This week’s Astro-Challenge is definitely for the “been there, done that” crowd, a hunt that will put that gia-normous light bucket you’ve got sitting in your backyard to good use. August 22nd, the planet Neptune reaches opposition. And yes, we know you’ve spotted the grey-blue world at magnitude +7.9 with no problem, but have you ever seen its elusive moon, Triton? Now is a good time to try and check this fascinating moon off of your “life list.”
But first, the “Wow” factor stuff… discovered on October 10th, 1846 by William Lassell only 17 days after the discovery of the planet Neptune itself, this moon is 2,706 kilometers in diameter, making it larger than Pluto and 7th in size in terms of solar system satellites. We’ve seen Triton close-up exactly once during the Voyager 2 flyby on August 25th 1989, which caught 40% of its terrain at a passage 130,000 kilometers distant. It revealed a variegated, ‘cantaloupe-like’ terrain, a world that is geologically active and perhaps subject to cryo-volcanism much like Cassini has observed on Saturn’s moon, Enceladus. Interestingly, Triton is the only large moon with a retrograde orbit in the solar system, and was probably captured by Neptune from the Kuiper Belt somewhere in its past. Triton also bears some intriguing similarities to Pluto, and it will be interesting to compare the two once New Horizons completes its flyby of the Pluto-Charon system in 2015. Models of the interior suggest a differentiated core-mantle-crust that is subject to heating via radioactive decay and tidal stress from nearby Neptune, which in turn fuels said cryo-volcanism, and may even make for a sub-surface ocean like the one theorized to exist beneath the crust of Jupiter’s moon Europa possible… this could also put Triton on the short list of places in the solar system that may harbor life. Triton also has the highest albedo of any object in the solar system, reflecting back 60-95% of the sunlight falling on its methane-ice laced with ammonia snow-covered surface. Triton’s departure from Neptune’s orbital plane varies over a period of 678 Earth years from a minimum of 127° to 173°, and is currently about 130° wide, close to that lower figure. This means that Triton can indeed transit Neptune from two points along the planet’s 164.79 year orbit, which happened last in 1951-55 and will happen again starting in 2033 A.D. (catching such an event would be a true challenge!). Triton presented its widest orbit to us in 1994, and is still reasonably open to us 17 years later. Triton also has a synchronous rotation facing Neptune like our Moon does with the Earth, and its hemispheres alternate facing the Sun for 82 Earth year periods.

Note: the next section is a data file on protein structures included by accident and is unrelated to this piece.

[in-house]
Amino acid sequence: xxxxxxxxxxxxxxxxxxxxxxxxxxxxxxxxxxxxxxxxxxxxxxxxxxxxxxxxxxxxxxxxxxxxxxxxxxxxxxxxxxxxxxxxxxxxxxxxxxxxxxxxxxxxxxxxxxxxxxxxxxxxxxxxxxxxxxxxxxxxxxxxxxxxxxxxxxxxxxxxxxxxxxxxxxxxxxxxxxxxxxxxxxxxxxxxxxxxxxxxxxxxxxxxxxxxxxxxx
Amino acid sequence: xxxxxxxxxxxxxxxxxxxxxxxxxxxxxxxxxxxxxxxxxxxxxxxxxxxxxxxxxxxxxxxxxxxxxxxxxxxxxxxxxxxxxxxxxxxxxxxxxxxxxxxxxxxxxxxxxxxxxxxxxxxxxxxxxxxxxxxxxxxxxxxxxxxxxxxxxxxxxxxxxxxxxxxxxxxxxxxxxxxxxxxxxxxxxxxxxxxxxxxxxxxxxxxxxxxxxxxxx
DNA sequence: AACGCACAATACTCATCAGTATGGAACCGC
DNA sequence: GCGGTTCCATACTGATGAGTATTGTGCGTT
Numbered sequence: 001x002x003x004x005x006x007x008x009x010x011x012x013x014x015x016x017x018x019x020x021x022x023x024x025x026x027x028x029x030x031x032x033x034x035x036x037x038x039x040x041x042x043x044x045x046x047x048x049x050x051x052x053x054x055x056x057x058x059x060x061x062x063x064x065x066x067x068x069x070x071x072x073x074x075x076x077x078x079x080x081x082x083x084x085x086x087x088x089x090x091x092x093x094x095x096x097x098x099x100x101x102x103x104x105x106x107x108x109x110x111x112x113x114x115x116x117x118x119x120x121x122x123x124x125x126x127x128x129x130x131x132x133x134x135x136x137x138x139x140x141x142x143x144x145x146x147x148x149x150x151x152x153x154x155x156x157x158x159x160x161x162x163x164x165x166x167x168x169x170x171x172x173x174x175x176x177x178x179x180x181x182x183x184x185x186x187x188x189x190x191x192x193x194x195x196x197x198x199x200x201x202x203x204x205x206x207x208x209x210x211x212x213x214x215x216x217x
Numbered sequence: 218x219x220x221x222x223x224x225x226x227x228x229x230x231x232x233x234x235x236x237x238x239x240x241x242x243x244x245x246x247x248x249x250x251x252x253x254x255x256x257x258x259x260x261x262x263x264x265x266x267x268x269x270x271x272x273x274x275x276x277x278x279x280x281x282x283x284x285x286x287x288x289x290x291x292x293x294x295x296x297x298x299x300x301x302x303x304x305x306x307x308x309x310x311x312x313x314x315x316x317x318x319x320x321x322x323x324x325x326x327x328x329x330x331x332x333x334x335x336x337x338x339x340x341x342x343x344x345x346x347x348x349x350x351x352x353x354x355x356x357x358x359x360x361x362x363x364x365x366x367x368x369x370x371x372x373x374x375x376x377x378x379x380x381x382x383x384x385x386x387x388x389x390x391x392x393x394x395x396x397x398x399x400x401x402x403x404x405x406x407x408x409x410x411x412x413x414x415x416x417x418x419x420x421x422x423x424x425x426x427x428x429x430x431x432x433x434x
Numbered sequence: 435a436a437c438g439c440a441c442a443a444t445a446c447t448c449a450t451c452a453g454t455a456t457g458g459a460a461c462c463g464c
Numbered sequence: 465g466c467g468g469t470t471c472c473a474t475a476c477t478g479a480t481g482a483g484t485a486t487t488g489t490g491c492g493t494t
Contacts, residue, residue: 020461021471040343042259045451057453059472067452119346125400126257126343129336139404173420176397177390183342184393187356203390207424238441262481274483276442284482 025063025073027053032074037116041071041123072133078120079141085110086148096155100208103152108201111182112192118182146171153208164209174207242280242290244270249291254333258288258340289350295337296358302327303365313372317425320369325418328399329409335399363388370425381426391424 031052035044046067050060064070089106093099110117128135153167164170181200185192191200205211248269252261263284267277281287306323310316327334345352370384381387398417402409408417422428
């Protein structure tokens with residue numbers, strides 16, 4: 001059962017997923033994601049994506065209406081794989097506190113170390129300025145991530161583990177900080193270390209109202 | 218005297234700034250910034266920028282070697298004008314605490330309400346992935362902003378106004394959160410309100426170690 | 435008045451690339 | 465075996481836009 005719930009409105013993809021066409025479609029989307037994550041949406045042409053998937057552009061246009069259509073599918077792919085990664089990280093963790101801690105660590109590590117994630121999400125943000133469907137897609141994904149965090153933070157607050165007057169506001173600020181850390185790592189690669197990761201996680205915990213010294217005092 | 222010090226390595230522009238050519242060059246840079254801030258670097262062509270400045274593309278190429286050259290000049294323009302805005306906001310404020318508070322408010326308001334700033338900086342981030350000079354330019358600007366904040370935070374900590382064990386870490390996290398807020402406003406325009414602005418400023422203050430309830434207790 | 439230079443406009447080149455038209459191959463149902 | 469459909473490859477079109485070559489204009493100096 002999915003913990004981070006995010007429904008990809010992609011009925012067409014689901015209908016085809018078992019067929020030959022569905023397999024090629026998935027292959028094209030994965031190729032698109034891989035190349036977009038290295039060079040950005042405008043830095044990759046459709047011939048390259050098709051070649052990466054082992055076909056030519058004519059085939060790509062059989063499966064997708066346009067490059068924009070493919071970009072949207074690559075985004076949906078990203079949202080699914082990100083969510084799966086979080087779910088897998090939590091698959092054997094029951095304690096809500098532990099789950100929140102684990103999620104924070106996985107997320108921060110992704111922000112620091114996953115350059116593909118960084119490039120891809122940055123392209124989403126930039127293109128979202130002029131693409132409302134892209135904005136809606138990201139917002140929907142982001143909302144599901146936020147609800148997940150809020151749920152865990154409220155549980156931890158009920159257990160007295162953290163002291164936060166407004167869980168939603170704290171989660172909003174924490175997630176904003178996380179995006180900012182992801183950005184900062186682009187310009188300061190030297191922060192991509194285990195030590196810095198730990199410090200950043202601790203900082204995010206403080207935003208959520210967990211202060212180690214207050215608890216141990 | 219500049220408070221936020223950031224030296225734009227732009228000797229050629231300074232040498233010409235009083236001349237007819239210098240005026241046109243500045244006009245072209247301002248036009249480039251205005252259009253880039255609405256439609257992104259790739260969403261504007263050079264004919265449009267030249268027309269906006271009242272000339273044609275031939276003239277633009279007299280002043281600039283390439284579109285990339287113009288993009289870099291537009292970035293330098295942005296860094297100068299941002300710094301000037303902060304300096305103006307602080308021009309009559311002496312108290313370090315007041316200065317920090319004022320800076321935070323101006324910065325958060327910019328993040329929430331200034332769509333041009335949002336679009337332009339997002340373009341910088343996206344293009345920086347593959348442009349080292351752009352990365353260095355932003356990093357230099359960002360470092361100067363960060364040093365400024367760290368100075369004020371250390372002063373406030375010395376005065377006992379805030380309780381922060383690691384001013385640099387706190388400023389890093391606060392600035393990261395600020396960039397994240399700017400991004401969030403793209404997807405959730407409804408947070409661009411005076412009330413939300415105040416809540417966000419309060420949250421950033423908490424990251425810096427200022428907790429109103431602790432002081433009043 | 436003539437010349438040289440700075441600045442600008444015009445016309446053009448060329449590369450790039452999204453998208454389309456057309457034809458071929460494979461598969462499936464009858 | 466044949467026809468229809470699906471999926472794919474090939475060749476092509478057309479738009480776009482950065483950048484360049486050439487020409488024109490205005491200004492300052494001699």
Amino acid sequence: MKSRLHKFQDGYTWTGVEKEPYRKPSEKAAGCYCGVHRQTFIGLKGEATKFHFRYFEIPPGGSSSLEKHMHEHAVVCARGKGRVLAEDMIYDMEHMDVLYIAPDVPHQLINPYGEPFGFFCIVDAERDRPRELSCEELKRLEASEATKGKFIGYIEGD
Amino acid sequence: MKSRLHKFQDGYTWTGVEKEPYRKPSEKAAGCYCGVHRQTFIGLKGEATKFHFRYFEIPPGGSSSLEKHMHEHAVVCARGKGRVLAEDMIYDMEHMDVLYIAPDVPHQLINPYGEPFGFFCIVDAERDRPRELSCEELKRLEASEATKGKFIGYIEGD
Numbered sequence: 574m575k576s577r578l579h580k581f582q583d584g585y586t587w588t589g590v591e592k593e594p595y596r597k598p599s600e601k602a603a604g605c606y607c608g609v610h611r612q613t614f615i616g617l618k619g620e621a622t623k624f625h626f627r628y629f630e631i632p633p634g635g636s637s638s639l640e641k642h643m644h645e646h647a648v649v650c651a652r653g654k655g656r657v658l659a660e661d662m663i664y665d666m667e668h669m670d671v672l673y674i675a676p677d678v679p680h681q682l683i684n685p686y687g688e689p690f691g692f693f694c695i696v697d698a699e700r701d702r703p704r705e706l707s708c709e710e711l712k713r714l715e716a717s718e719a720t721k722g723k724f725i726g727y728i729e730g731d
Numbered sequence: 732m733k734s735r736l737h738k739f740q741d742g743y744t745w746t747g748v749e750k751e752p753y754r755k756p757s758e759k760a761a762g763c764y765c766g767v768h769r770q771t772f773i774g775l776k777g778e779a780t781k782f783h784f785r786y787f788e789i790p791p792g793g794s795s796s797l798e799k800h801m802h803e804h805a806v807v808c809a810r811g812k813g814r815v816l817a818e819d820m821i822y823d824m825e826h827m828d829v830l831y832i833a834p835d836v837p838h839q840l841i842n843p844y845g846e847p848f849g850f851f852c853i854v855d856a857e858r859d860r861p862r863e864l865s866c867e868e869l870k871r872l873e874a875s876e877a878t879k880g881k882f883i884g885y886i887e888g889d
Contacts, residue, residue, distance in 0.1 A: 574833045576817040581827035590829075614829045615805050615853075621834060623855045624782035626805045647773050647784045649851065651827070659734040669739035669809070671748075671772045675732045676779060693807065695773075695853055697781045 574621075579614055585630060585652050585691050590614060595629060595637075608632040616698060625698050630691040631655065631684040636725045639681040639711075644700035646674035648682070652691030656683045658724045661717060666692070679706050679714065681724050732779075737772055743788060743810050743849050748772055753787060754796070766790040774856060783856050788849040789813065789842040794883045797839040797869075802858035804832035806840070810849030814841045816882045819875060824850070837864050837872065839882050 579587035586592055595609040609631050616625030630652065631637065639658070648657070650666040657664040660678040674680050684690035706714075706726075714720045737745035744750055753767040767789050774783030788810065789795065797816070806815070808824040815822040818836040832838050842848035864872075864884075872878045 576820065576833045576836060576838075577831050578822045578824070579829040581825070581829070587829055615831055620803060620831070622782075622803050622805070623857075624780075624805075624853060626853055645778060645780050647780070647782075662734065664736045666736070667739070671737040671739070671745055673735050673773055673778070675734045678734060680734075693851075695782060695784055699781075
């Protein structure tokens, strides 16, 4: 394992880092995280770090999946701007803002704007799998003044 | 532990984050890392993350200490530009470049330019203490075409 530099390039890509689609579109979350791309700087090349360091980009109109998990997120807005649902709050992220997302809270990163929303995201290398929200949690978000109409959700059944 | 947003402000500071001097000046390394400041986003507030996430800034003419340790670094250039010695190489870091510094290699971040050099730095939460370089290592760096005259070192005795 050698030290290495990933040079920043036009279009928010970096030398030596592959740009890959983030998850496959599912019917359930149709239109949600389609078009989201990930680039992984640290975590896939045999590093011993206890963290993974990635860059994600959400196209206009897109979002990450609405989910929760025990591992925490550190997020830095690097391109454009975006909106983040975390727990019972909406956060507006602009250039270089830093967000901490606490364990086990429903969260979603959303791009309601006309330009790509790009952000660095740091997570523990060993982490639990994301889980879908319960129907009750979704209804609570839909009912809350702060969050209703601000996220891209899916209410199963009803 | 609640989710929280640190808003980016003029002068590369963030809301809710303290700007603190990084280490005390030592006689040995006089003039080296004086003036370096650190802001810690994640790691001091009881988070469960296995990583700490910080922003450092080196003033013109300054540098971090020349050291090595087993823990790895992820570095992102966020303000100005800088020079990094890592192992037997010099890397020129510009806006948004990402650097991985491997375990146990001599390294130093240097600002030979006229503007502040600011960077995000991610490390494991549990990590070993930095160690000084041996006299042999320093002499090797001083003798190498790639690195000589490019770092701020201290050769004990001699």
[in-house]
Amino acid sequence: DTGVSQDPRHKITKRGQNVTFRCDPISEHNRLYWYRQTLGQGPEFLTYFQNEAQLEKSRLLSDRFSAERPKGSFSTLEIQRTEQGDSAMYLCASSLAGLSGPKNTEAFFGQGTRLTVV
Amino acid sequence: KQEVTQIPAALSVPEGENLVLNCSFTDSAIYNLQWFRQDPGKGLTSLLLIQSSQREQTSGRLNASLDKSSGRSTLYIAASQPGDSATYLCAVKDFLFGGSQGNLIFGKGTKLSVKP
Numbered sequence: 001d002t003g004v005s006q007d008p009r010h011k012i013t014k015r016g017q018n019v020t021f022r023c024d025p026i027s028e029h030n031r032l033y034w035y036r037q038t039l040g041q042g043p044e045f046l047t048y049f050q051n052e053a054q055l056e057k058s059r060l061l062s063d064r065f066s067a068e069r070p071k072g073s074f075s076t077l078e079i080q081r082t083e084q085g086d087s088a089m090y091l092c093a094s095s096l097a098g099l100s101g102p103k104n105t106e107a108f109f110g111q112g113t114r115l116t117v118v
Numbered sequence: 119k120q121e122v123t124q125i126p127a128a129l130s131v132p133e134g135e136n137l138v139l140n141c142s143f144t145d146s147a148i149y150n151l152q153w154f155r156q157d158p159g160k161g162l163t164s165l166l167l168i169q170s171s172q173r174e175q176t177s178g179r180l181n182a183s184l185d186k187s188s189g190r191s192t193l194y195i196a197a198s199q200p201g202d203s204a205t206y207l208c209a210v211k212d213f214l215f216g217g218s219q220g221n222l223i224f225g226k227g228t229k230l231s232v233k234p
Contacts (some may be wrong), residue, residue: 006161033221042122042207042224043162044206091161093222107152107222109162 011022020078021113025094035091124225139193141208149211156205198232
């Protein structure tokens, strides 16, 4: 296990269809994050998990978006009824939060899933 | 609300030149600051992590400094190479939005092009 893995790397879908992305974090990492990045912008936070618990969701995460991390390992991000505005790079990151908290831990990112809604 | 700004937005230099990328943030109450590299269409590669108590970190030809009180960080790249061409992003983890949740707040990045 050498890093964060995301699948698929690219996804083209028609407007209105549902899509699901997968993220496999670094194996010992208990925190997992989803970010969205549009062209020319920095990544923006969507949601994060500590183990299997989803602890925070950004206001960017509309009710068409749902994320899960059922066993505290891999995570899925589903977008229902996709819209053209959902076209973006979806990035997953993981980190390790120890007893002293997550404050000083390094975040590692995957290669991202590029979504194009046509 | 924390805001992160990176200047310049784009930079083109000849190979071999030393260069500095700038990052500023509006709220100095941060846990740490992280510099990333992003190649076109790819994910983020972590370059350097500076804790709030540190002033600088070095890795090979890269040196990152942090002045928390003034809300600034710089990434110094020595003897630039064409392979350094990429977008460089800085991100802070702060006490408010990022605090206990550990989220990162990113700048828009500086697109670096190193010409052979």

Neptune at opposition, 2011: a wide-field view. (Created by the Author in Starry Night).
So, just how difficult is it to spot Neptune’s largest Moon? Well, Lassell used a 24” Newtonian reflector on discovery; however, mirrors of the day where made of speculum metal with only about 40-60% reflectivity newly finished; at about magnitude +13.5, a minimum aperture of 8” under dark skies should be able to duplicate the feat. The best bet is to catch the moon at greatest elongation, east or west of the planet. 2.4” arc seconds in diameter, Neptune will look like a grayish-blue disc, barely discernable and refusing to focus to a star-like point. Triton never strays from Neptune more than about 18” max, roughly the apparent size of the globe of Saturn from Earth.
Neptune’s current position in the constellation Aquarius near the Capricornus border is;
Right Ascension: 22h 7.3’ minutes
Declination: -12degrees 9.4’ minutes
Center the coordinates and sweep the field, or locate the star Iota Aquarii and search about 2 degrees to the northeast.
Triton orbits Neptune once every 5.877 days, which means a shot at greatest elongation comes around not quite every 3 days… some of the best chances over the next month are as follows;
ELONGATIONS OF TRITON AUG/SEP 2011
TRITON 0148 W
TRITON 0022 E
TRITON 2255 W
TRITON 2129 E
TRITON 2002 W
TRITON 1835 E
TRITON 1709 W
TRITON 1542 E
TRITON 1416 W
TRITON 1249 E
TRITON 1122 W
(Ephemeris created by Ed Kotapish using pds-rings Neptune Tracker tool).
Triton approaching greatest elongation the night of August 24th…(Created by Author in Starry Night).
Thanks goes out to Ed Kotapish for working these out… note that good elongations for North American observers are in the offing for the evenings of August 19th, 22nd, & 24th; Triton is in an open, slow moving orbit, meaning that its worth trying for a sighting 12 hours + or – of these times. An occulting bar eyepiece may help hide the “glare” of Neptune… good luck!
The Astro-word for the week is Roche Limit. This is the point at which an approaching body would disintegrate due to the tidal forces enacted upon it by a larger mass by overcoming its own internal gravitation holding the smaller body together. This was the case that led to the creation of Saturn’s ring system, and indeed, it is now known that every large gas giant world including Neptune has just such a ring system. There for, such a disintegration event must be a common occurance. Lassell also made note of a ring system around Neptune during his discovery of Triton (!) but it is doubtful that he sighted the tenuous rings that Voyager 2 spotted on its reconnaissance of the system. Curiously, some thoughts are out there recently that even Pluto may have rings, a very planet-like thing to possess…hey, I’m just sayin… This concept is important to Triton because its orbit is not entirely stable. In about 3.6 billion years (about the time our Sun will start thinking about fusing heavier elements and flaring up into a red giant) Triton will approach its Roche limit as drag forces it to spiral in towards Neptune and it will undergo its own unique Armageddon, shredding apart into a new ring system for denizens of our future solar system to enjoy!